This indeed is a photo of a real Arizona drivers’ license. Yes, the man is wearing a colander upon his head. Sean Corbett has been trying for years to get an Arizona driver’s license official to allow him to do so and was successful last week – for now.
Why a colander? It is a symbol of those who are members of the Pastafarian religion. Never heard of it? How about the Church of the Flying Spaghetti Monster or FSM for short? That’s the name many atheists have rallied around in order to demonstrate their belief in the irrationality of religion and the special accommodations granted by many governments for beliefs deemed religious.
FSM got its start when a man wrote an open letter online in 2005 to decry the use of an “Intelligent Design” curriculum in Kansas schools. Bobby Henderson wrote:
I am writing you with much concern after having read of your hearing to decide whether the alternative theory of Intelligent Design should be taught along with the theory of Evolution. I think we can all agree that it is important for students to hear multiple viewpoints so they can choose for themselves the theory that makes the most sense to them. I am concerned, however, that students will only hear one theory of Intelligent Design.
Let us remember that there are multiple theories of Intelligent Design. I and many others around the world are of the strong belief that the universe was created by a Flying Spaghetti Monster. It was He who created all that we see and all that we feel. We feel strongly that the overwhelming scientific evidence pointing towards evolutionary processes is nothing but a coincidence, put in place by Him.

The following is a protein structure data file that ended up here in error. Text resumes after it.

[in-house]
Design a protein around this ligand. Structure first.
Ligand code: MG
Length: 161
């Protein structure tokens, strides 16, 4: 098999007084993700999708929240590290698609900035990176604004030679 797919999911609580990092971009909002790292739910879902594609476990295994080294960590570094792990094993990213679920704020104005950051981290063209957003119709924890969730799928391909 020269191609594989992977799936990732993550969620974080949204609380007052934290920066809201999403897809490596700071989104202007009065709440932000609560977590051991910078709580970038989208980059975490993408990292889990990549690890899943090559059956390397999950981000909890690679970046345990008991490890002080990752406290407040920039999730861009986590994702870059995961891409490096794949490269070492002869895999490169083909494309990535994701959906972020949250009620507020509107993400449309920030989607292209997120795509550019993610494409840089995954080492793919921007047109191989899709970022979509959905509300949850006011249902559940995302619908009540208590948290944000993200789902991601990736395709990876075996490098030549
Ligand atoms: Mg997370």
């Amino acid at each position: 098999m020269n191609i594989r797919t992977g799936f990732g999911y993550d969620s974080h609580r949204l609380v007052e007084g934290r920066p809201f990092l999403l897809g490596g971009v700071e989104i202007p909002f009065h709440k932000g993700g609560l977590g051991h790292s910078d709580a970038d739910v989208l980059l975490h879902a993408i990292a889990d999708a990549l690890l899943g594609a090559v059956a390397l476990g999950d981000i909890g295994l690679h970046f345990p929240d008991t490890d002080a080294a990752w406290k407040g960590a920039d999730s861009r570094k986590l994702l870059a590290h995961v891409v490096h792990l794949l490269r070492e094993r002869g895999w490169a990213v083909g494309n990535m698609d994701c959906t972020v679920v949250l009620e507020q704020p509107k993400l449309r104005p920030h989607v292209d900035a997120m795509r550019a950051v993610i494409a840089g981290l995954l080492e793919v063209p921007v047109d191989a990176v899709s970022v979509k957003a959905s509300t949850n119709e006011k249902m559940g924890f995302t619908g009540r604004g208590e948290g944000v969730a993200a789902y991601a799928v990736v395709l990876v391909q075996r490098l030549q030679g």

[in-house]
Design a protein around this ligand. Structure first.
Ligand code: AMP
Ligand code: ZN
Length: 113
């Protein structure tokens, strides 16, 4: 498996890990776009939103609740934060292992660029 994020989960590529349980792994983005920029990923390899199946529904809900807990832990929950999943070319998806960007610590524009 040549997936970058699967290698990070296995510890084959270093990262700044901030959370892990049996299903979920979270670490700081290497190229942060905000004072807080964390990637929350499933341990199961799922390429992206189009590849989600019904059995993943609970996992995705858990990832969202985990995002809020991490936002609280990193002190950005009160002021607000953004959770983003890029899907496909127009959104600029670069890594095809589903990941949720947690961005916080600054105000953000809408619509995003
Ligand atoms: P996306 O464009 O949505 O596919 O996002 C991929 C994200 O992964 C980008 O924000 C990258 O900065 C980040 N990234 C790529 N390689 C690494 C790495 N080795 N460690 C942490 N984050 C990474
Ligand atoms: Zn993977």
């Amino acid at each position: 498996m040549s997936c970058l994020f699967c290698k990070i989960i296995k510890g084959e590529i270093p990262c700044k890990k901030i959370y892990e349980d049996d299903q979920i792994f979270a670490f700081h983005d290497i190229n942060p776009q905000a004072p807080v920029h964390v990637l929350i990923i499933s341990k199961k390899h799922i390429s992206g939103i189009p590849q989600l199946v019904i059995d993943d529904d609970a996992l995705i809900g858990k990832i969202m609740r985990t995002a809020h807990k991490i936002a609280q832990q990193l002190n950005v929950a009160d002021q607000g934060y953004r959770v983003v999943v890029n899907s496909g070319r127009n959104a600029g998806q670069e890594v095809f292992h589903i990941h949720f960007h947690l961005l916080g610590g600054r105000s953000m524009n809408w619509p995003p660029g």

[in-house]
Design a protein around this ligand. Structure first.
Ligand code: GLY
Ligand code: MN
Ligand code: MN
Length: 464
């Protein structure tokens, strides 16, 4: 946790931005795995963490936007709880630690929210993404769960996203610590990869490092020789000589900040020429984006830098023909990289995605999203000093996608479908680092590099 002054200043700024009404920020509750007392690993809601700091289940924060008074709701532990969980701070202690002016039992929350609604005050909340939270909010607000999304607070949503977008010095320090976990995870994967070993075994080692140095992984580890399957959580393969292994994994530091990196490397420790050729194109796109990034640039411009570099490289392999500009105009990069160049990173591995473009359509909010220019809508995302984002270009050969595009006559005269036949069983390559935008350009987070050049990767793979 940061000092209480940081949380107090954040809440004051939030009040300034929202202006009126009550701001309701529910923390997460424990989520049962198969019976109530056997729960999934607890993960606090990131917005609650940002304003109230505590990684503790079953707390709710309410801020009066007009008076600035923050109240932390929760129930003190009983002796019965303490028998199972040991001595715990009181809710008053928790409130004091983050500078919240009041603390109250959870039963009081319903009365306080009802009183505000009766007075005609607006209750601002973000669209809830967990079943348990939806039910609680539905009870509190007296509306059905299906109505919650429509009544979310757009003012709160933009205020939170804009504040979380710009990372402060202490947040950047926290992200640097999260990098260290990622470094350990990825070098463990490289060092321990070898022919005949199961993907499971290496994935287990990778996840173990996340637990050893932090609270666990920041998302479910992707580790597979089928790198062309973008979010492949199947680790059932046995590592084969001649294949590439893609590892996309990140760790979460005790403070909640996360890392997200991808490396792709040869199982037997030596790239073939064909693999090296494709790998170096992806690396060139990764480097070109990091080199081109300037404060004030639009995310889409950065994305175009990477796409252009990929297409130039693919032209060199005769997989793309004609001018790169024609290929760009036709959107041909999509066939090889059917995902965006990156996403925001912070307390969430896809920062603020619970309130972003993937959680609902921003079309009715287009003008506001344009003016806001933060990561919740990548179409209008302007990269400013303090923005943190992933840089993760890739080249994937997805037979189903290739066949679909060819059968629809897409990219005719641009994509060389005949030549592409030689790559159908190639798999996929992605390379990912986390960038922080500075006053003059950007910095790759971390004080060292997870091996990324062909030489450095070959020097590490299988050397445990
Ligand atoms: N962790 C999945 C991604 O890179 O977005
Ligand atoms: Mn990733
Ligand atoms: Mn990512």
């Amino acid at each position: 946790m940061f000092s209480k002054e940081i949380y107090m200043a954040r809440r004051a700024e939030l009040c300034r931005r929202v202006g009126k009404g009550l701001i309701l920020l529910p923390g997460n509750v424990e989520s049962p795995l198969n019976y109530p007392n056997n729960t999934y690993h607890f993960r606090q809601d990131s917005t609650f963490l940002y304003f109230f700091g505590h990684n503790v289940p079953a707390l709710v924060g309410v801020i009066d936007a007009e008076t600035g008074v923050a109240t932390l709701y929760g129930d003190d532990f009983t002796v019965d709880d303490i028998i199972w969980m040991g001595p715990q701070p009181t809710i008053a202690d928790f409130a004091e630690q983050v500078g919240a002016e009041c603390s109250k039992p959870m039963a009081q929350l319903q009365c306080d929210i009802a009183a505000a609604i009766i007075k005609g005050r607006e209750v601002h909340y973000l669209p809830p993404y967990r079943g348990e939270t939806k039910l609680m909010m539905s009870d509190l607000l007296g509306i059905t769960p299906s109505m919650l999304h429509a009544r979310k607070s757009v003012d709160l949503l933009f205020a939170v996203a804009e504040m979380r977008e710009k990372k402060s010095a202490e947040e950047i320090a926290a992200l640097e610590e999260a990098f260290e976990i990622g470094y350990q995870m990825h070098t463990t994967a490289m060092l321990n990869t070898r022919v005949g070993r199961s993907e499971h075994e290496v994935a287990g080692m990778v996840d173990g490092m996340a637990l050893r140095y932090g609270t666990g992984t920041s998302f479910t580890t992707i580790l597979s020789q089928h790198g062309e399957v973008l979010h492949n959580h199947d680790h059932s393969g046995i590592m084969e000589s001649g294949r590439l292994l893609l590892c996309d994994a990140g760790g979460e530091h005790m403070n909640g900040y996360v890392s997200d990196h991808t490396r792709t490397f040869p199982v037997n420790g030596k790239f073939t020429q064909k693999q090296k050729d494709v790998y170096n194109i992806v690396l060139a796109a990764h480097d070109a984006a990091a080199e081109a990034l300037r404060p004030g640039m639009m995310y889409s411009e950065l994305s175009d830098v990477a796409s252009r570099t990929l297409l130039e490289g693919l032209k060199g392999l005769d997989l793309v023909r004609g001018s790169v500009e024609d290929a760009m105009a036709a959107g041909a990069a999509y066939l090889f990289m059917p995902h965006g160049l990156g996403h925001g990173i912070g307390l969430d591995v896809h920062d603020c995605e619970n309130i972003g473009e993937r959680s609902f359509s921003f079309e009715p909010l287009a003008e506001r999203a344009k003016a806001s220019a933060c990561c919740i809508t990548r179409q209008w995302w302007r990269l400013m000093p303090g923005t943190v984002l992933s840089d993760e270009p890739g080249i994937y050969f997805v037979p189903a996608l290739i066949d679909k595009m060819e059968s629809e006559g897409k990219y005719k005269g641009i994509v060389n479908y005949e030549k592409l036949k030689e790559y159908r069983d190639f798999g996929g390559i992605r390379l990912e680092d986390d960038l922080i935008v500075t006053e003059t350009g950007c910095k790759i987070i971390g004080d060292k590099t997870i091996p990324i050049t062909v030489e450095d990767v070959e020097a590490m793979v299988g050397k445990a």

A good mocking to be sure, but this one had legs, and soon the “church” gained widespread popularity. Many like Mr. Corbett use the “church” to demonstrate against religious accommodation, as allowed by Arizona.
“I walked up to the counter and the lady gives me the up and down look and says, ‘no, you can take the picture but without the colander.'”
After trying several MVD locations, Sean was starting to get frustrated and just took the picture. Years later, however, when needing to replace his license, Sean wasn’t going to take no for an answer. An MVD manager allowed Sean to take the photo but with the knowledge that it may be rejected in the approval phase.
Approve it they did, as Arizona’s 12 News reports:
“For me to go in and actually convince them to take the picture and then get it approved is huge,” Corbett said.
Mr. Corbett may have to go in for another photo, however. As this story became viral, Arizona officials are saying the photo is invalid and will have to be re-shot, without the colander. No word yet on whether Corbett will sue if the license is considered unacceptable. Lindsay Miller made headlines two years ago when Massachusetts let her pose for her driver’s license with a colander. Lawyer Patty DeJuneas calls Pastafarianism a “secular religion that uses parody to make its point.” One wonders how the courts would rule on such a claim.